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Saturday, July 9, 2011 2:23 PM
DaveStroem's avatar

Darien Lake just put out the word that they are looking for witnesses on facebook.

Guests who were at Darien Lake and are witness to the July 8 incident on Ride of Steel are encouraged to contact the park to provide information or seek assistance by calling 585-599-5120 or emailing support@godarienlake.com.


Before you can be older and wiser you first have to be young and stupid.

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Saturday, July 9, 2011 2:25 PM

I have to agree with rollergrater on this one
if he came into station in wheelchair with pants on and prosthetic's
Could the ride op tell he had no legs.Person's in wheelchairs can
ride this ride.

I think this will make parks question all person's renting wheelchairs
from now on and obtaining clearance from park nurse/paramedic's

I am remembering the story of the guy who had his false limb fly off on a coaster.

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Saturday, July 9, 2011 2:46 PM

Lord Gonchar said:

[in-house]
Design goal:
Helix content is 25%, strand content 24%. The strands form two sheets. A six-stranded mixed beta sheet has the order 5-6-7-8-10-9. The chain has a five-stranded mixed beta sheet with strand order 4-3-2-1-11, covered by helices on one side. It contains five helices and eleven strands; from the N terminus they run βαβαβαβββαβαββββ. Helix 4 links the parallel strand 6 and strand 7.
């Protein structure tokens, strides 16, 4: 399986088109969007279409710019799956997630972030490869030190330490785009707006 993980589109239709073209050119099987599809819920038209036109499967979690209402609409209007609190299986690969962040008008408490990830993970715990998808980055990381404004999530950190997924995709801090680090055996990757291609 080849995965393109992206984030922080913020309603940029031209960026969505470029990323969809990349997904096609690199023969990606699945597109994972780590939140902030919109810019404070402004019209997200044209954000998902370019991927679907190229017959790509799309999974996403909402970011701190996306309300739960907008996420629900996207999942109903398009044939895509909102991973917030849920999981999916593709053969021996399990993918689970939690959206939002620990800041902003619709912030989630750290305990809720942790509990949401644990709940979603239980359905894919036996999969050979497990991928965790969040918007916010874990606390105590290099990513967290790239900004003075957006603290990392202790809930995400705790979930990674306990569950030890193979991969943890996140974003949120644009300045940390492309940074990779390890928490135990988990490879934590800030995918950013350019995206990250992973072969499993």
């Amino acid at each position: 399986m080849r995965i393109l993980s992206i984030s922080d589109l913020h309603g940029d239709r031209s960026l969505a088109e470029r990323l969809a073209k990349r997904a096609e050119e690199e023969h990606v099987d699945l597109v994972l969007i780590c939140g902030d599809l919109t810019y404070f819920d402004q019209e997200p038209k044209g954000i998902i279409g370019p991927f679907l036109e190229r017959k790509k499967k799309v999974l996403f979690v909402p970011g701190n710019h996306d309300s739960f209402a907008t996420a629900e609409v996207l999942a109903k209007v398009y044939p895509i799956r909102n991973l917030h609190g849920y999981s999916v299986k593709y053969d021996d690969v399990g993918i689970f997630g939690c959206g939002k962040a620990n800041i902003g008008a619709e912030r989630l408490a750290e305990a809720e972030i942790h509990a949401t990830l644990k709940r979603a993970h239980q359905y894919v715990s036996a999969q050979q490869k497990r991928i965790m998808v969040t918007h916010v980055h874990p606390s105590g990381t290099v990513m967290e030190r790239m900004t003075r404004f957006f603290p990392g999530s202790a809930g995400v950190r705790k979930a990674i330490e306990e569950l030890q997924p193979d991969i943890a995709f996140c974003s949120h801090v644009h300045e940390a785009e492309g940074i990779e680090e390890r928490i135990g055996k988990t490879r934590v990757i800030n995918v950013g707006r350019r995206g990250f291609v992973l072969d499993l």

Chriscub said:
Of course she asked her boss why the "good" review and raise IF her work was unsatisfactory to begin with. Her bosses' response "..well honey I just had to lie..I just didn't want to hurt your feelings since you are such a nice person".

That's not a symptom of the system, that's a boss who has no business being handling authority. What's scary is the sheer number of people who fall into that category.

He should've told the truth. "Well, I had to lie. I have no balls and shouldn't have been given this position."


Oh I totally agree with you..not too mention what is even MORE scary is the number of people who actually agree with her boss !! UGH !! I must had heard that line "..well today YOU gotta play safe" from so many. I guess I can see their point though I don't agree. Just this morning I was watching The Family Guy on one of the local channels that I had TVIO'ed last night and twice during the show the local station was airing that new ad for Free Credit Report dot com showing a group of guys singing. about a man who had a successful business..then...

"...Until one day he was sued..but what can ya say,,even though he has a college degree..he can only make 3 bucks a day ( the ad showed him mowing lawns )...today you need to have a good credit score...otherwise you can't mind the store !!"